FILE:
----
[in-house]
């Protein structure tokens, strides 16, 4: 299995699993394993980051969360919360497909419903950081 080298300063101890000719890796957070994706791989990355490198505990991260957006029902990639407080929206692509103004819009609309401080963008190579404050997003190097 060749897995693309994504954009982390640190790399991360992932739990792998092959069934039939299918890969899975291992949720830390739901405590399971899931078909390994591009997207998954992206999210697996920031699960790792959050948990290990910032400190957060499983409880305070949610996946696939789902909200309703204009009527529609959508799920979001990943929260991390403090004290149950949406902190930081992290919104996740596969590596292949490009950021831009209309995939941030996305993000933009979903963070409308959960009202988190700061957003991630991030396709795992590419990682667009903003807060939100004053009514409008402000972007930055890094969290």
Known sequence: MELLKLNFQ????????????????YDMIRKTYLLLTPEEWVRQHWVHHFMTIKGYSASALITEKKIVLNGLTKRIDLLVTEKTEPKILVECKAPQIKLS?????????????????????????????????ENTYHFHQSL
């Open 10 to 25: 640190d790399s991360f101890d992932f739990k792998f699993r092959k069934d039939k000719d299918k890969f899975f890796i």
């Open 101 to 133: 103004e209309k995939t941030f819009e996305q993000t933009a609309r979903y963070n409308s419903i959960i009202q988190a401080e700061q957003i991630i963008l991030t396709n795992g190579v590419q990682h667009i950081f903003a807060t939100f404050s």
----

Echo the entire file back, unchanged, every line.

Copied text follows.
[in-house]
């Protein structure tokens, strides 16, 4: 299995699993394993980051969360919360497909419903950081 080298300063101890000719890796957070994706791989990355490198505990991260957006029902990639407080929206692509103004819009609309401080963008190579404050997003190097 060749897995693309994504954009982390640190790399991360992932739990792998092959069934039939299918890969899975291992949720830390739901405590399971899931078909390994591009997207998954992206999210697996920031699960790792959050948990290990910032400190957060499983409880305070949610996946696939789902909200309703204009009527529609959508799920979001990943929260991390403090004290149950949406902190930081992290919104996740596969590596292949490009950021831009209309995939941030996305993000933009979903963070409308959960009202988190700061957003991630991030396709795992590419990682667009903003807060939100004053009514409008402000972007930055890094969290």
Known sequence: MELLKLNFQ????????????????YDMIRKTYLLLTPEEWVRQHWVHHFMTIKGYSASALITEKKIVLNGLTKRIDLLVTEKTEPKILVECKAPQIKLS?????????????????????????????????ENTYHFHQSL
């Open 10 to 25: 640190d790399s991360f101890d992932f739990k792998f699993r092959k069934d039939k000719d299918k890969f899975f890796i």
């Open 101 to 133: 103004e209309k995939t941030f819009e996305q993000t933009a609309r979903y963070n409308s419903i959960i009202q988190a401080e700061q957003i991630i963008l991030t396709n795992g190579v590419q990682h667009i950081f903003a807060t939100f404050s």